"All the tools that I was working with had to be specially insulated. The metal parts of my spacesuit had to be wrapped in special tape,” he said. Thankfully, everything worked out, and the mission was a success. “I still to this day think it’s one of NASA’s greatest accomplishments,” Parasynski said.
4. That time Jerry Linenger’s dinner was interrupted by the worst fire ever sustained by an orbiting spacecraft.
Jerry Linenger was in the middle of an extended stay on the Mir space station when a catastrophic fire threatened what was then meant to be the longest period of time of any American astronaut spent in space.
The station normally held three astronauts at a time, Linenger told BuzzFeed Science, unless the crew was in the middle of switching personnel over, when two crews would be in the station at the same time. With six astronauts on board the station the amount of oxygen produced by the regular tanks was sometimes not sufficient, and in those cases the crew needed to open a supplemental tank.
Things went from jovial to terrible in a split second, when the tank of concentrated, combustible, oxygen-based chemicals caught fire and turned into what can only be described as a huge, unstoppable blowtorch. “I was sucking down some dehydrated borscht,” Linenger said, “and next thing you've got the master alarm blaring.”
This was pretty much a worst-case scenario for the astronauts and cosmonauts on Mir. There are three things that you are on your own for — Linenger said, “You better respond more or less automatically to [them] because there's no one that can help you.”
Those things are fire (check), toxic substances in the air (from a super-hot flame burning through equipment), and rapid decompression (which would almost certainly happen if the flame burned a hole through the thin aluminum separating the inside from the vacuum of space).
"It was a hot, hot, hot fire burning out of control."
The fire blazed for 14 minutes as Linenger and his crew made sure that secondary fires didn’t catch by dousing things in its path with fire extinguishers. "The flame ate up the chemical, melted the canister, melted insulation — our wires for example — around that area,” Linenger said, “It was a hot, hot, hot fire burning out of control.”
As three astronauts were fighting the blaze, the other three crew members were preparing a Soyuz for an emergency escape. But there was a problem. One of the two Soyuz ships was blocked by the fire, so only three of the six would be able to escape Mir. “That would've been a tough decision,” Linenger said with striking nonchalance. “Who goes and who stays?”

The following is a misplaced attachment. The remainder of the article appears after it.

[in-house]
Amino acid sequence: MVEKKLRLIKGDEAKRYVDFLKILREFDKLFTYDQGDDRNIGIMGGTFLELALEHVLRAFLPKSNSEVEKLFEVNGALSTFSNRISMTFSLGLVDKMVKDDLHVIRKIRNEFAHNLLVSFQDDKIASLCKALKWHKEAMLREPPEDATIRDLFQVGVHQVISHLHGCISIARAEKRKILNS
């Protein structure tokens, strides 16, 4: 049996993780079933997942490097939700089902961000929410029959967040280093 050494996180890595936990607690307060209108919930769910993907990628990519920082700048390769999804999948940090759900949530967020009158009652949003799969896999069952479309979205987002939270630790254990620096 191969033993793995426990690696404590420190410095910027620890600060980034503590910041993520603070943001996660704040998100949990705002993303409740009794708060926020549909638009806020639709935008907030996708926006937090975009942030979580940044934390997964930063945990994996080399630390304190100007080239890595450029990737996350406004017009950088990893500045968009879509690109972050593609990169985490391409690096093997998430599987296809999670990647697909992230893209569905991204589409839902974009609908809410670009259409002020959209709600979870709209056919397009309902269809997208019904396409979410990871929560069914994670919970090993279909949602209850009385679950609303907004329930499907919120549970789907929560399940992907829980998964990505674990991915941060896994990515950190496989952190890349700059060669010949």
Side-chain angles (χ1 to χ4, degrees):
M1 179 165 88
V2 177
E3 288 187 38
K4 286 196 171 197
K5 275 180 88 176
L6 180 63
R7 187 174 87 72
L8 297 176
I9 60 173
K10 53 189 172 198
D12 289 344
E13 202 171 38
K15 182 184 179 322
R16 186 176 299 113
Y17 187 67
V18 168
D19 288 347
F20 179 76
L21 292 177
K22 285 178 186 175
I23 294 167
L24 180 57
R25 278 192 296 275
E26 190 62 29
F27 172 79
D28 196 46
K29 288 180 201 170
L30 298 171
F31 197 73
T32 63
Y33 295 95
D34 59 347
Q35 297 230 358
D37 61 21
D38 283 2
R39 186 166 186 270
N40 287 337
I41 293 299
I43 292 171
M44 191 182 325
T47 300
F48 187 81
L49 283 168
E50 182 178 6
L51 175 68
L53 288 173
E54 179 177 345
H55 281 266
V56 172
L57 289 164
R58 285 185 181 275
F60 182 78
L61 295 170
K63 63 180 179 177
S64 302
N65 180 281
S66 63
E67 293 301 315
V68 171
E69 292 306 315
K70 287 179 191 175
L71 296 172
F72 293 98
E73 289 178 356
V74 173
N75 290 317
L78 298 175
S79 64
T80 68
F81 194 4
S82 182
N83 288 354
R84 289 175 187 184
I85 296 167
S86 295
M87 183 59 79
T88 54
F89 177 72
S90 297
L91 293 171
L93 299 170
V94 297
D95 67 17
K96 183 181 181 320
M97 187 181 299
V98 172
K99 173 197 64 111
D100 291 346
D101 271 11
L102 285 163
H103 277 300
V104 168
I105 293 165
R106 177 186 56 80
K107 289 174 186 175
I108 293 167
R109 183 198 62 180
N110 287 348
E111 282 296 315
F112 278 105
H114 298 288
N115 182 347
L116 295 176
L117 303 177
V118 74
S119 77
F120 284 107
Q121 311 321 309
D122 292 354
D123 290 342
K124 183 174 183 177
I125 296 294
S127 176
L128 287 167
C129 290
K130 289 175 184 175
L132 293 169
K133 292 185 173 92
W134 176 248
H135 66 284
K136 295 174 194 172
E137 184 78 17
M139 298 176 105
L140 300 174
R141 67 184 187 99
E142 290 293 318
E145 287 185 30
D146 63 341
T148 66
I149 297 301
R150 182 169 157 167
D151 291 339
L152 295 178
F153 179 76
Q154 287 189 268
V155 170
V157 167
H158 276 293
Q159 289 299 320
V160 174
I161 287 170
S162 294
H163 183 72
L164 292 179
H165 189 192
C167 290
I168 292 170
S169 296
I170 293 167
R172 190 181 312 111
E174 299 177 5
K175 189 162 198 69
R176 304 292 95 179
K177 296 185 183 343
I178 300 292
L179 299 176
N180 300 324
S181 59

Luckily for the crew, that tough decision never had to be made. “We were able to finally keep it from spreading,” Linenger said, “and then we faced the problem of trying to deal with the smoke and trying to breathe in a contaminated atmosphere.” The team assessed the damage and wore oxygen masks until they were sure the environmental risks were gone.
“You've got to get rid of the distractions, put the fear away, and you sort of realize, ‘If I don't stay calm, I'm dead.’”
5. That time Soyeon Yi and her crew had to ask nomadic shepherds if they had a cell phone because a reentry malfunction put the crew nearly 300 miles off course.
Soyeon Yi, the first Korean in space, was celebrating a successful and productive visit to the ISS as she boarded a Russian Soyuz spacecraft to return home to Earth. That’s when everything went wrong.
There were some problems with the detachment of the Soyuz, and that put the crew on a less than desirable trajectory. The onboard computers sensed this and switched to a “ballistic reentry,” a backup method that relies solely on atmospheric drag but ensures that the heat shield is still able to protect the inhabitants of rapidly falling spacecraft.
They were coming in steep, fast, and hot, but they were nowhere near on course.
Normally, Soyeon told BuzzFeed Science, you expect there to be two or three recovery helicopters right there when you land and a whole team to help you out of the vehicle. “When we landed,” Soyeon said, there was “nobody around us.”
Everything was a big struggle at that point because the force of gravity is overwhelming when you have spent time in space, and the crew had to “crawl” out of the craft on their own.
"They had no idea about the space program, they had no idea about astronauts, and they had really big, huge eyes."
“Finally,” she said, they were able to get out of the capsule and “lie on the grass.” It was then that some shocked and almost certainly terrified Kazakhstani nomadic herders came across what must have looked like an otherworldly scene.
“They had no idea about the space program, they had no idea about astronaut[s] and they [had] really big, huge eyes,” she said. “They finally realized we [were] humans, not an alien, and they help[ed] us.”
The shepherds helped get one of the crew members who remained in the Soyuz out. The astronauts even asked the nomads if they had a cell phone. (They did not). Eventually, realizing nobody knew where they were, they went back into the Soyuz and used a GPS and satellite phone to make contact with the Russian Space Agency.
Finally, a helicopter arrived on the scene, nearly 300 miles away from their expected location.
Soyeon said that the whole experience was probably a lot more terrifying for everyone wondering where they were than it was for her. She thought of the thousands of Koreans who had no idea what had happened to them, knowing many people were intently watching the first person from their country return from space.